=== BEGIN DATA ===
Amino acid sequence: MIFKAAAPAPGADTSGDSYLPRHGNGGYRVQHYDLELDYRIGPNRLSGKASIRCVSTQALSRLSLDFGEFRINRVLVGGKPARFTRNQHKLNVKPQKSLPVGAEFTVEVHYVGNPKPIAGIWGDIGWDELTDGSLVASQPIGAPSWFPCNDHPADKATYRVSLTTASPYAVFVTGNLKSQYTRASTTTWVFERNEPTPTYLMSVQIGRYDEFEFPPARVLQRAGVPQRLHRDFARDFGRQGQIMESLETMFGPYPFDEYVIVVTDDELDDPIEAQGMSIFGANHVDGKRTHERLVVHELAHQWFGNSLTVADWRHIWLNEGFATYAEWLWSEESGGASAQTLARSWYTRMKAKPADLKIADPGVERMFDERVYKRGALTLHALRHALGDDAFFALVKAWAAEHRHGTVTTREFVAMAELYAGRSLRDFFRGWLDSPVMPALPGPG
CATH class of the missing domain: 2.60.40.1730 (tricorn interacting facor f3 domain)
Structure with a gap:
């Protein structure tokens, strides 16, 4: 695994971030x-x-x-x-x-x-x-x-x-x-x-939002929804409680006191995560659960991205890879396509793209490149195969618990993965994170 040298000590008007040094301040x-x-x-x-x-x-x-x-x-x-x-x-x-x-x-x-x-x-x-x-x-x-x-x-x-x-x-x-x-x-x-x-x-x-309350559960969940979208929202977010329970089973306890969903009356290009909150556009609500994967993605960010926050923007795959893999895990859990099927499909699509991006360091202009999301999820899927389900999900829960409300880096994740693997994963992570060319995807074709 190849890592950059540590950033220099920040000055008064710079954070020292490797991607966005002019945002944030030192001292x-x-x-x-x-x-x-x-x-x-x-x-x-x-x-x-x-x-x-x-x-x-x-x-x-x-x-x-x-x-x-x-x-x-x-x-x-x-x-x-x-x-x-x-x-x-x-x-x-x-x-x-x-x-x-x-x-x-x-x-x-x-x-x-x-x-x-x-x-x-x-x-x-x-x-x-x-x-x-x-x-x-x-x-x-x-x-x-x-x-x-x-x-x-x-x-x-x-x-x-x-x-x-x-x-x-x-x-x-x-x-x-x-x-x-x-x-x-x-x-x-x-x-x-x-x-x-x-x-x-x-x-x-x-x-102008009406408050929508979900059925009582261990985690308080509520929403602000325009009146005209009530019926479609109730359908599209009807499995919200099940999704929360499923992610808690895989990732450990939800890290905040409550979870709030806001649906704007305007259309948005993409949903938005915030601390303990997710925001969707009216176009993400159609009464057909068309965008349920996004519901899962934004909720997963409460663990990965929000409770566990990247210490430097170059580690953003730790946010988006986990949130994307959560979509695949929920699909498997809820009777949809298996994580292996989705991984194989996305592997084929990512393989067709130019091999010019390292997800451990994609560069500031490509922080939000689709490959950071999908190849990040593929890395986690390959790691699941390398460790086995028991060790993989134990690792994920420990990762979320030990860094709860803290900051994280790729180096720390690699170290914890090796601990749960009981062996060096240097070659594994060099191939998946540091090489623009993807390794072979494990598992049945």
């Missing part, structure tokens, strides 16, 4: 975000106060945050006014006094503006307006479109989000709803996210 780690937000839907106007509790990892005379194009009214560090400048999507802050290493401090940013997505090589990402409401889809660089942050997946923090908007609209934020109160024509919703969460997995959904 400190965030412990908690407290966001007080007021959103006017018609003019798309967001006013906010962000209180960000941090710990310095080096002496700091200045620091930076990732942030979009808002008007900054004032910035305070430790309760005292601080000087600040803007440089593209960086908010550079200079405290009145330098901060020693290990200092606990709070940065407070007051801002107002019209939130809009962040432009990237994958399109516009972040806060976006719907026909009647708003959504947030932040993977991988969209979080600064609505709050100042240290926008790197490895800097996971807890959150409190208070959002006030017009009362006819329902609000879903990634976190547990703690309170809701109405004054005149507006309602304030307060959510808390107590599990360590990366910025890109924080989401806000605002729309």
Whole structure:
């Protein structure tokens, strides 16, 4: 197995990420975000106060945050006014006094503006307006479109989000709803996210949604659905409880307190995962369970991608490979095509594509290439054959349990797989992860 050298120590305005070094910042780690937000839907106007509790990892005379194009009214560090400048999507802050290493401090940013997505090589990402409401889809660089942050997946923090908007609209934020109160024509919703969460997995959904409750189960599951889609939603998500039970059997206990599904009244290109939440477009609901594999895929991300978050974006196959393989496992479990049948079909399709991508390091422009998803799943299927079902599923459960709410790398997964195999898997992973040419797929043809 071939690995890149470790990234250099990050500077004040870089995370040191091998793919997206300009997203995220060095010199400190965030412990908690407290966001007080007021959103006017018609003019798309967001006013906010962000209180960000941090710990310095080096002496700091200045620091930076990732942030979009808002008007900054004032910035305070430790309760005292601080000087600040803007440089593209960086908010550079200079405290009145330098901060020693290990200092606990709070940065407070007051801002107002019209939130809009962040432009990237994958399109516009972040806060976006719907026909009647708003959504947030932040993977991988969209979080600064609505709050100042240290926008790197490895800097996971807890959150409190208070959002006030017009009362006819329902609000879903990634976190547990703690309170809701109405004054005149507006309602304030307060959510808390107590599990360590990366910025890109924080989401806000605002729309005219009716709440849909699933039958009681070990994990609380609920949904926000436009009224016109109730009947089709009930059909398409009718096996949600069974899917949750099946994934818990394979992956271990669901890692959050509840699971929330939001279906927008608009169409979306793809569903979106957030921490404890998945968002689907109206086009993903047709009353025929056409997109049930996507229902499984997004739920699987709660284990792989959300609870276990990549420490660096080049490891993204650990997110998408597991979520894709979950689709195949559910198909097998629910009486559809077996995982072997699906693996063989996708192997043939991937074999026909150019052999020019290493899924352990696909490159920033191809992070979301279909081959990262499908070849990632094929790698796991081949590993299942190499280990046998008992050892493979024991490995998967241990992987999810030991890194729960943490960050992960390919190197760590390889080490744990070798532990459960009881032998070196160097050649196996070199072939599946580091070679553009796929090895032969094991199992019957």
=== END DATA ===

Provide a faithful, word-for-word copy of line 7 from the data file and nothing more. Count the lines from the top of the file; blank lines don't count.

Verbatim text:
């Protein structure tokens, strides 16, 4: 197995990420975000106060945050006014006094503006307006479109989000709803996210949604659905409880307190995962369970991608490979095509594509290439054959349990797989992860 050298120590305005070094910042780690937000839907106007509790990892005379194009009214560090400048999507802050290493401090940013997505090589990402409401889809660089942050997946923090908007609209934020109160024509919703969460997995959904409750189960599951889609939603998500039970059997206990599904009244290109939440477009609901594999895929991300978050974006196959393989496992479990049948079909399709991508390091422009998803799943299927079902599923459960709410790398997964195999898997992973040419797929043809 071939690995890149470790990234250099990050500077004040870089995370040191091998793919997206300009997203995220060095010199400190965030412990908690407290966001007080007021959103006017018609003019798309967001006013906010962000209180960000941090710990310095080096002496700091200045620091930076990732942030979009808002008007900054004032910035305070430790309760005292601080000087600040803007440089593209960086908010550079200079405290009145330098901060020693290990200092606990709070940065407070007051801002107002019209939130809009962040432009990237994958399109516009972040806060976006719907026909009647708003959504947030932040993977991988969209979080600064609505709050100042240290926008790197490895800097996971807890959150409190208070959002006030017009009362006819329902609000879903990634976190547990703690309170809701109405004054005149507006309602304030307060959510808390107590599990360590990366910025890109924080989401806000605002729309005219009716709440849909699933039958009681070990994990609380609920949904926000436009009224016109109730009947089709009930059909398409009718096996949600069974899917949750099946994934818990394979992956271990669901890692959050509840699971929330939001279906927008608009169409979306793809569903979106957030921490404890998945968002689907109206086009993903047709009353025929056409997109049930996507229902499984997004739920699987709660284990792989959300609870276990990549420490660096080049490891993204650990997110998408597991979520894709979950689709195949559910198909097998629910009486559809077996995982072997699906693996063989996708192997043939991937074999026909150019052999020019290493899924352990696909490159920033191809992070979301279909081959990262499908070849990632094929790698796991081949590993299942190499280990046998008992050892493979024991490995998967241990992987999810030991890194729960943490960050992960390919190197760590390889080490744990070798532990459960009881032998070196160097050649196996070199072939599946580091070679553009796929090895032969094991199992019957």